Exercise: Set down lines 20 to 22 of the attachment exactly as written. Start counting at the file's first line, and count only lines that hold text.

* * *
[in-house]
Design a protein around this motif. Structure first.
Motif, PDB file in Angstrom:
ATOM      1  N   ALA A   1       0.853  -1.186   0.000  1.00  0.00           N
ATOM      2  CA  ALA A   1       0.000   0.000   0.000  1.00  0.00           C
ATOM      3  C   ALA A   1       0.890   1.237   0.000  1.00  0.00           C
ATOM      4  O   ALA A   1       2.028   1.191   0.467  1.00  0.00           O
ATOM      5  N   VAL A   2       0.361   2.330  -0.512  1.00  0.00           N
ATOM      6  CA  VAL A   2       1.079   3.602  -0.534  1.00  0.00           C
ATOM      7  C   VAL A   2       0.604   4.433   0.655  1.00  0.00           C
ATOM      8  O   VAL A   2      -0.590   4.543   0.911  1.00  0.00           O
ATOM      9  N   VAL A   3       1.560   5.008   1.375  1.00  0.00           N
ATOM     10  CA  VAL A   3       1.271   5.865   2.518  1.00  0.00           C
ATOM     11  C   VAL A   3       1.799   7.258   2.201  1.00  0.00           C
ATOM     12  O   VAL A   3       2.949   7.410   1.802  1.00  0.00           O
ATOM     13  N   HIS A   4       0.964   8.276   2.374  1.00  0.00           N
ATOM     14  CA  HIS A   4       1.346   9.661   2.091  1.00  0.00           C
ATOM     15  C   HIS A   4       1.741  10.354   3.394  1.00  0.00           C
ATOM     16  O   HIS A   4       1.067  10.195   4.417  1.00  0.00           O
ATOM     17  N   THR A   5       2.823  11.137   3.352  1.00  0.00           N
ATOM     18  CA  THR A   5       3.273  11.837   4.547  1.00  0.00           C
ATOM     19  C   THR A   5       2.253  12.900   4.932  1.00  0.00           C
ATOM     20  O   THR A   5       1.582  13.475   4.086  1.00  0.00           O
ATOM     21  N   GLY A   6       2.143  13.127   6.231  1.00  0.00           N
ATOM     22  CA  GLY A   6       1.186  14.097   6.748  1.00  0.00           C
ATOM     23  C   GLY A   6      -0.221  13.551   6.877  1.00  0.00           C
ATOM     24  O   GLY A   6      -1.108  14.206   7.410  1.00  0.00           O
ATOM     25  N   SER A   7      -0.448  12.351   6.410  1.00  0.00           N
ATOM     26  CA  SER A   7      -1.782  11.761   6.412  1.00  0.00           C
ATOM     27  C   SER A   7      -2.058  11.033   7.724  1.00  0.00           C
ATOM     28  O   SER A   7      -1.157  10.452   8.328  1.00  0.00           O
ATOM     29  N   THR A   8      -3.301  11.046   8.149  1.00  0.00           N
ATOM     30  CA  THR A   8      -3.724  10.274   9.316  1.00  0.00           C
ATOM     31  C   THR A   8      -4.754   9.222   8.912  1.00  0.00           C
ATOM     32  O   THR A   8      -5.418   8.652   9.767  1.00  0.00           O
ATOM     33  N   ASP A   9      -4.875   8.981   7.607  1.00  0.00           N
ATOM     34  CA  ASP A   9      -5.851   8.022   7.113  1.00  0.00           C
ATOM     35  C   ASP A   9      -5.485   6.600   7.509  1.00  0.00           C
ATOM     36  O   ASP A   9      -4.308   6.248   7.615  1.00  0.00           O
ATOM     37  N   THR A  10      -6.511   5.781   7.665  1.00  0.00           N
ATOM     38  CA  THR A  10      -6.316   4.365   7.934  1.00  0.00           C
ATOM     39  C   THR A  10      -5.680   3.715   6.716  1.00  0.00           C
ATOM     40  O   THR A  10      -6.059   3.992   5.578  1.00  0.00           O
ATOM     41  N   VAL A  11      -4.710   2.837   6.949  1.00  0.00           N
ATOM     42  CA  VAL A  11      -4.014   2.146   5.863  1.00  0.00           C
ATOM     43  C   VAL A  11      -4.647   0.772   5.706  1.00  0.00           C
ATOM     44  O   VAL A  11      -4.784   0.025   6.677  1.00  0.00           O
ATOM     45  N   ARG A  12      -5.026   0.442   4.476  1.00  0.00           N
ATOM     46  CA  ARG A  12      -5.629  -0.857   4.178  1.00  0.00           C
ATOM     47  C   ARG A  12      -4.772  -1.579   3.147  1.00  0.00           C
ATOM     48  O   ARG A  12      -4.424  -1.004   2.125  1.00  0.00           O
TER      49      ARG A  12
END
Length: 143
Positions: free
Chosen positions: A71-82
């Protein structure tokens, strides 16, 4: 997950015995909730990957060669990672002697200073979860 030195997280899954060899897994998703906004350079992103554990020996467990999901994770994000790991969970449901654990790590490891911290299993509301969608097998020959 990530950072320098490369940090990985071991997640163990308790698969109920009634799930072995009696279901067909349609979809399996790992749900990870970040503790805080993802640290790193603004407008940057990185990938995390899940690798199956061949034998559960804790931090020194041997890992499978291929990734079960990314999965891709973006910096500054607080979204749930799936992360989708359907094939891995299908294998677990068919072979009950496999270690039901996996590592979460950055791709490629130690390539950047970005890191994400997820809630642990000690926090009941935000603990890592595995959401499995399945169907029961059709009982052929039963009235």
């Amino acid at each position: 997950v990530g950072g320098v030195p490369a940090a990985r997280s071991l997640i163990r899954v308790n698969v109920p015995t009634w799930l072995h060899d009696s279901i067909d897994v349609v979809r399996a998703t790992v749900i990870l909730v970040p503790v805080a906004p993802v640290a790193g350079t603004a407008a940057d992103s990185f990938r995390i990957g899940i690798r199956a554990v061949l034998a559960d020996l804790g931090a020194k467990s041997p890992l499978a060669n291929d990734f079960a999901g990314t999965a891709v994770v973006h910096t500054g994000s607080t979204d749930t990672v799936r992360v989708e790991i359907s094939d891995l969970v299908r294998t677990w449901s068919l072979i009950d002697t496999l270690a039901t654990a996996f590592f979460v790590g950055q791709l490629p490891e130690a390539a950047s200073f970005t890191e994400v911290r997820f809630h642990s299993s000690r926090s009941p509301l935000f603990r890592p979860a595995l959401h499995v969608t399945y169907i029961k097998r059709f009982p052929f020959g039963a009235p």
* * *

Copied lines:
ATOM     17  N   THR A   5       2.823  11.137   3.352  1.00  0.00           N
ATOM     18  CA  THR A   5       3.273  11.837   4.547  1.00  0.00           C
ATOM     19  C   THR A   5       2.253  12.900   4.932  1.00  0.00           C